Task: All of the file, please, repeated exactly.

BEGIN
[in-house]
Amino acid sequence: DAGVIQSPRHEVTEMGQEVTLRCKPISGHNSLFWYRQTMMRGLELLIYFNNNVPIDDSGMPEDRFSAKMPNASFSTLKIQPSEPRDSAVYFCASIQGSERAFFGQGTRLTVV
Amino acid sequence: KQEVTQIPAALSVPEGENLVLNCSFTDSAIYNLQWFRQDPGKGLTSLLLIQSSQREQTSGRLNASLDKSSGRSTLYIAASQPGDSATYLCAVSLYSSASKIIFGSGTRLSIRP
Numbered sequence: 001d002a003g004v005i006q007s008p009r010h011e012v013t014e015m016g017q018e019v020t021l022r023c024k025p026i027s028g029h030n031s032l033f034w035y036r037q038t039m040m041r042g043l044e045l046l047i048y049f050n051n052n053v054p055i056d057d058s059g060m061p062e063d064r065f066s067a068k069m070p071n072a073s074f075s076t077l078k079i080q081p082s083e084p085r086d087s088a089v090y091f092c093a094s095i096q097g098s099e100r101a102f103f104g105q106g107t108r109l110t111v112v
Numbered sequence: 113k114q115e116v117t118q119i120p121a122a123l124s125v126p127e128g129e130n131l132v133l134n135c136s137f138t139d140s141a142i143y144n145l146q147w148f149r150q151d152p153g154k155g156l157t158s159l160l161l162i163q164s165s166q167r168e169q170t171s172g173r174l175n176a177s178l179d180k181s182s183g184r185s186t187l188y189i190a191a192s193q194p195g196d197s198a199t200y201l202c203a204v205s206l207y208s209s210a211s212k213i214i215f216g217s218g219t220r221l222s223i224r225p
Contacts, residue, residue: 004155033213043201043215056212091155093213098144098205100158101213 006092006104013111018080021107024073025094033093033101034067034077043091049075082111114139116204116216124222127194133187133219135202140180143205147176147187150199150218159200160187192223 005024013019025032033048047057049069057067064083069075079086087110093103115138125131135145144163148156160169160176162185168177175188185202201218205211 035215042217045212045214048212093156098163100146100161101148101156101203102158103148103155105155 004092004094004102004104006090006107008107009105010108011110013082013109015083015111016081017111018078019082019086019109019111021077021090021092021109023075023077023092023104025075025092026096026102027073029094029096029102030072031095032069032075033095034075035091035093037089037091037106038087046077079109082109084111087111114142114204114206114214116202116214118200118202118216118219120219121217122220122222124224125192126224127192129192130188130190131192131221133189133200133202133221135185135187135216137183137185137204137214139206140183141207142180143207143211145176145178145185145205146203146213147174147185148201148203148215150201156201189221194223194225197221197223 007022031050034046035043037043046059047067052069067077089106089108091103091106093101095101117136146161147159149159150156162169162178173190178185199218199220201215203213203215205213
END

[in-house]
Amino acid sequence: DAGVIQSPRHEVTEMGQEVTLRCKPISGHNSLFWYRQTMMRGLELLIYFNNNVPIDDSGMPEDRFSAKMPNASFSTLKIQPSEPRDSAVYFCASIQGSERAFFGQGTRLTVV
Amino acid sequence: KQEVTQIPAALSVPEGENLVLNCSFTDSAIYNLQWFRQDPGKGLTSLLLIQSSQREQTSGRLNASLDKSSGRSTLYIAASQPGDSATYLCAVSLYSSASKIIFGSGTRLSIRP
Numbered sequence: 001d002a003g004v005i006q007s008p009r010h011e012v013t014e015m016g017q018e019v020t021l022r023c024k025p026i027s028g029h030n031s032l033f034w035y036r037q038t039m040m041r042g043l044e045l046l047i048y049f050n051n052n053v054p055i056d057d058s059g060m061p062e063d064r065f066s067a068k069m070p071n072a073s074f075s076t077l078k079i080q081p082s083e084p085r086d087s088a089v090y091f092c093a094s095i096q097g098s099e100r101a102f103f104g105q106g107t108r109l110t111v112v
Numbered sequence: 113k114q115e116v117t118q119i120p121a122a123l124s125v126p127e128g129e130n131l132v133l134n135c136s137f138t139d140s141a142i143y144n145l146q147w148f149r150q151d152p153g154k155g156l157t158s159l160l161l162i163q164s165s166q167r168e169q170t171s172g173r174l175n176a177s178l179d180k181s182s183g184r185s186t187l188y189i190a191a192s193q194p195g196d197s198a199t200y201l202c203a204v205s206l207y208s209s210a211s212k213i214i215f216g217s218g219t220r221l222s223i224r225p
Contacts, residue, residue: 004155033213043201043215056212091155093213098144098205100158101213 006092006104013111018080021107024073025094033093033101034067034077043091049075082111114139116204116216124222127194133187133219135202140180143205147176147187150199150218159200160187192223 005024013019025032033048047057049069057067064083069075079086087110093103115138125131135145144163148156160169160176162185168177175188185202201218205211 035215042217045212045214048212093156098163100146100161101148101156101203102158103148103155105155 004092004094004102004104006090006107008107009105010108011110013082013109015083015111016081017111018078019082019086019109019111021077021090021092021109023075023077023092023104025075025092026096026102027073029094029096029102030072031095032069032075033095034075035091035093037089037091037106038087046077079109082109084111087111114142114204114206114214116202116214118200118202118216118219120219121217122220122222124224125192126224127192129192130188130190131192131221133189133200133202133221135185135187135216137183137185137204137214139206140183141207142180143207143211145176145178145185145205146203146213147174147185148201148203148215150201156201189221194223194225197221197223 007022031050034046035043037043046059047067052069067077089106089108091103091106093101095101117136146161147159149159150156162169162178173190178185199218199220201215203213203215205213